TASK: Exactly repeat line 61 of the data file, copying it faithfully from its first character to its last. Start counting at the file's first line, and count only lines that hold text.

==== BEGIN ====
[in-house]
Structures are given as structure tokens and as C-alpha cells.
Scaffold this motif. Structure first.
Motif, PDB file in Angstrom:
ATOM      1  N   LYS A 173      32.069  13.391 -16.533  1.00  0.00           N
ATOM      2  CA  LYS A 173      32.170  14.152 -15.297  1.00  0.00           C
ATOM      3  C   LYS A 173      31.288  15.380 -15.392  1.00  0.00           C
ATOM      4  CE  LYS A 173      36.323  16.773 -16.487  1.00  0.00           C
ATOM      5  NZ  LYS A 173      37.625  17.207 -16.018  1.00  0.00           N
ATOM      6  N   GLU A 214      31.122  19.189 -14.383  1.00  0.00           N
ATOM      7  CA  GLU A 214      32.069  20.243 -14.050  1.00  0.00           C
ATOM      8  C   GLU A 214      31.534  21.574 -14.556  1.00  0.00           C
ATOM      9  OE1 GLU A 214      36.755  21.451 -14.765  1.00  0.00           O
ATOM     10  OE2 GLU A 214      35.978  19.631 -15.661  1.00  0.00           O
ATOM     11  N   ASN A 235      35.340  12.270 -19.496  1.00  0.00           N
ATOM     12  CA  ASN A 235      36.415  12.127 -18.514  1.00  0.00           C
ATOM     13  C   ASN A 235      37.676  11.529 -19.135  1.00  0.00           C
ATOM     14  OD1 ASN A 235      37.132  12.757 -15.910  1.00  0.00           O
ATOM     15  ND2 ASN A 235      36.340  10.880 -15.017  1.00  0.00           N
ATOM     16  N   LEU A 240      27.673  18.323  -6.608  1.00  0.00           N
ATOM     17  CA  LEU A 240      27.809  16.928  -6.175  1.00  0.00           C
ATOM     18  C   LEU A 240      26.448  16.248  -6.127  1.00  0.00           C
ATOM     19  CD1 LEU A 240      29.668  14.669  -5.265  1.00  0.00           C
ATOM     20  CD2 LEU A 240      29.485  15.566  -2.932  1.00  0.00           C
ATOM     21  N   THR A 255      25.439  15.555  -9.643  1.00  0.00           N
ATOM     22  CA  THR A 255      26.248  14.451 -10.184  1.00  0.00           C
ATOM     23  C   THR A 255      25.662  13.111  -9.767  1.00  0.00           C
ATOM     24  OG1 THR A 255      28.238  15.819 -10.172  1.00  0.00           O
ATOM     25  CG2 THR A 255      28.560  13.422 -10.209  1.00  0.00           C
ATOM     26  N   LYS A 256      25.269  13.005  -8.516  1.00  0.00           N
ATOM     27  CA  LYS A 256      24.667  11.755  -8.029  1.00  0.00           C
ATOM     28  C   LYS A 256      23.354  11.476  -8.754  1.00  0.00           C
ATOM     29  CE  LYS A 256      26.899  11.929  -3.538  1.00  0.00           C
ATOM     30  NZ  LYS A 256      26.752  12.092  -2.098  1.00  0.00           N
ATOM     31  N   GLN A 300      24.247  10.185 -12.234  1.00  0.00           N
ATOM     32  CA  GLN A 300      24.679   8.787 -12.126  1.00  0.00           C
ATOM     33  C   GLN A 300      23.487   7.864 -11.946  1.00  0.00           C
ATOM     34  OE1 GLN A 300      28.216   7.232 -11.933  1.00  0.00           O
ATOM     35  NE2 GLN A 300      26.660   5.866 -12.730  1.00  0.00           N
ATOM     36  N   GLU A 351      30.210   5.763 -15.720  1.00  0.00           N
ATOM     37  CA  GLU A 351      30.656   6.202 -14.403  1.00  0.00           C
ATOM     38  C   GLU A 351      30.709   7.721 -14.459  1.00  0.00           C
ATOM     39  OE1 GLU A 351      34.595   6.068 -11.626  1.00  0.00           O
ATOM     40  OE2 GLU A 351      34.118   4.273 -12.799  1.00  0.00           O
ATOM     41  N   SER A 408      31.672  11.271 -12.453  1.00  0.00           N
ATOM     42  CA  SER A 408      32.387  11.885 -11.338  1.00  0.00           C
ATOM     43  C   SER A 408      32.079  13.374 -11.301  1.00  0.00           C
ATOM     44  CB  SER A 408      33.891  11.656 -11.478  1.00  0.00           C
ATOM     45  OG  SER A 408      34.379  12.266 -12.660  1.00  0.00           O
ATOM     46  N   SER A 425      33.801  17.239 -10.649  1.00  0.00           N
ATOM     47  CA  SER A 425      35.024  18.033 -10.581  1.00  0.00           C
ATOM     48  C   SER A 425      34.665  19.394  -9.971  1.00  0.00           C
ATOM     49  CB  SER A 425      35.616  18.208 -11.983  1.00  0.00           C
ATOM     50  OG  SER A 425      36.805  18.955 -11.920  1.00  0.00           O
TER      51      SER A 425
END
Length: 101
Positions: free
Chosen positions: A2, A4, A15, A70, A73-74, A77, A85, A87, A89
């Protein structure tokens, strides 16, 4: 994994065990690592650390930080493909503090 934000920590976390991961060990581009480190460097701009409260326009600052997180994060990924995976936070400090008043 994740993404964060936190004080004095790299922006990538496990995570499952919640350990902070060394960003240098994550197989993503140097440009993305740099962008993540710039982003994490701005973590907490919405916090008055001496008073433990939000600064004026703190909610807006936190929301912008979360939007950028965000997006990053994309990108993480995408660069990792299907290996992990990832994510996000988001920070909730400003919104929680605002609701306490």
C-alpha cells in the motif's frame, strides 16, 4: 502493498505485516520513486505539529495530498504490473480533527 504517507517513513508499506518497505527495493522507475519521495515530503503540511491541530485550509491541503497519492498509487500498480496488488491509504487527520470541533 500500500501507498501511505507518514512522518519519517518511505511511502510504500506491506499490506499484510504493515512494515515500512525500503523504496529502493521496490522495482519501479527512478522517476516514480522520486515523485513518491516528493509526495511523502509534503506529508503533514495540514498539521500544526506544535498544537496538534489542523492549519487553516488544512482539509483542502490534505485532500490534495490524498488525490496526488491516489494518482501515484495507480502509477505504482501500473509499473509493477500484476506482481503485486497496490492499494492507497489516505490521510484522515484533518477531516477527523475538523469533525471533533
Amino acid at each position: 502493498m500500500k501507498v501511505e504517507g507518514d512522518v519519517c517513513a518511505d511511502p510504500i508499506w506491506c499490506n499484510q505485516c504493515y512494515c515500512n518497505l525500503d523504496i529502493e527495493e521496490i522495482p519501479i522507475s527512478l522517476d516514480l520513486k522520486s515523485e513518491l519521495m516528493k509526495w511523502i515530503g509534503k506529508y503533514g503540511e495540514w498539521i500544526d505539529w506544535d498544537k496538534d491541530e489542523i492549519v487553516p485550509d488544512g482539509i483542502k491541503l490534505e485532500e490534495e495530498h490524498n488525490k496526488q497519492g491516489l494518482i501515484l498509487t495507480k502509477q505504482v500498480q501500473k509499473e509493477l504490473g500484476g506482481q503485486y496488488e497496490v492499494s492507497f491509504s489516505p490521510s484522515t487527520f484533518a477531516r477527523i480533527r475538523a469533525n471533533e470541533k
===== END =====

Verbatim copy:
C-alpha cells in the motif's frame, strides 16, 4: 502493498505485516520513486505539529495530498504490473480533527 504517507517513513508499506518497505527495493522507475519521495515530503503540511491541530485550509491541503497519492498509487500498480496488488491509504487527520470541533 500500500501507498501511505507518514512522518519519517518511505511511502510504500506491506499490506499484510504493515512494515515500512525500503523504496529502493521496490522495482519501479527512478522517476516514480522520486515523485513518491516528493509526495511523502509534503506529508503533514495540514498539521500544526506544535498544537496538534489542523492549519487553516488544512482539509483542502490534505485532500490534495490524498488525490496526488491516489494518482501515484495507480502509477505504482501500473509499473509493477500484476506482481503485486497496490492499494492507497489516505490521510484522515484533518477531516477527523475538523469533525471533533